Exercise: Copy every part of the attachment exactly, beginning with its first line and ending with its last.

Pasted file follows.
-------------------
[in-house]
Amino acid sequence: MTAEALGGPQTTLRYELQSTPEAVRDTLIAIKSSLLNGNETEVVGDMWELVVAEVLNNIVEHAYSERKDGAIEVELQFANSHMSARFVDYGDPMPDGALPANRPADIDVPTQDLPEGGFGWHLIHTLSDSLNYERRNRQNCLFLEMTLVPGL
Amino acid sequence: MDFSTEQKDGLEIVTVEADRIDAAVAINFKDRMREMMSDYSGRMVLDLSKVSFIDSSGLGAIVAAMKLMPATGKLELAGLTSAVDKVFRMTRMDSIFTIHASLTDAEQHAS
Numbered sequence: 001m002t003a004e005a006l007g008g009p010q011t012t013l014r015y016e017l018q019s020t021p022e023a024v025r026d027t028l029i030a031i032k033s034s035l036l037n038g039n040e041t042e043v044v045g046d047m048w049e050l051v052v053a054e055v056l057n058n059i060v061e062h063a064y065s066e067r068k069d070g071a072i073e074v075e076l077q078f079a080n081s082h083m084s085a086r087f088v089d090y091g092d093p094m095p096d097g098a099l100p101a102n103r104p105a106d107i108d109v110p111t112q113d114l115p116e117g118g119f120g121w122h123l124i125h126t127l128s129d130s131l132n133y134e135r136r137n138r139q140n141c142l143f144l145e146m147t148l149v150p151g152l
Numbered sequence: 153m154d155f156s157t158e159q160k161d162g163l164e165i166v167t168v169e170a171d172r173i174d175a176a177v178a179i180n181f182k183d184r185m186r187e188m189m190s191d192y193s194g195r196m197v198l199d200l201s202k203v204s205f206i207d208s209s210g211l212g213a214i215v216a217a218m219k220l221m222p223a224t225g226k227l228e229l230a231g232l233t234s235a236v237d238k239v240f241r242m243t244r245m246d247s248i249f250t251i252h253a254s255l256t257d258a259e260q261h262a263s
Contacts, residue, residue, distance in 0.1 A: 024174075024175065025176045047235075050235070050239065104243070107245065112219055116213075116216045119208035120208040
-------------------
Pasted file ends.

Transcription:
[in-house]
Amino acid sequence: MTAEALGGPQTTLRYELQSTPEAVRDTLIAIKSSLLNGNETEVVGDMWELVVAEVLNNIVEHAYSERKDGAIEVELQFANSHMSARFVDYGDPMPDGALPANRPADIDVPTQDLPEGGFGWHLIHTLSDSLNYERRNRQNCLFLEMTLVPGL
Amino acid sequence: MDFSTEQKDGLEIVTVEADRIDAAVAINFKDRMREMMSDYSGRMVLDLSKVSFIDSSGLGAIVAAMKLMPATGKLELAGLTSAVDKVFRMTRMDSIFTIHASLTDAEQHAS
Numbered sequence: 001m002t003a004e005a006l007g008g009p010q011t012t013l014r015y016e017l018q019s020t021p022e023a024v025r026d027t028l029i030a031i032k033s034s035l036l037n038g039n040e041t042e043v044v045g046d047m048w049e050l051v052v053a054e055v056l057n058n059i060v061e062h063a064y065s066e067r068k069d070g071a072i073e074v075e076l077q078f079a080n081s082h083m084s085a086r087f088v089d090y091g092d093p094m095p096d097g098a099l100p101a102n103r104p105a106d107i108d109v110p111t112q113d114l115p116e117g118g119f120g121w122h123l124i125h126t127l128s129d130s131l132n133y134e135r136r137n138r139q140n141c142l143f144l145e146m147t148l149v150p151g152l
Numbered sequence: 153m154d155f156s157t158e159q160k161d162g163l164e165i166v167t168v169e170a171d172r173i174d175a176a177v178a179i180n181f182k183d184r185m186r187e188m189m190s191d192y193s194g195r196m197v198l199d200l201s202k203v204s205f206i207d208s209s210g211l212g213a214i215v216a217a218m219k220l221m222p223a224t225g226k227l228e229l230a231g232l233t234s235a236v237d238k239v240f241r242m243t244r245m246d247s248i249f250t251i252h253a254s255l256t257d258a259e260q261h262a263s
Contacts, residue, residue, distance in 0.1 A: 024174075024175065025176045047235075050235070050239065104243070107245065112219055116213075116216045119208035120208040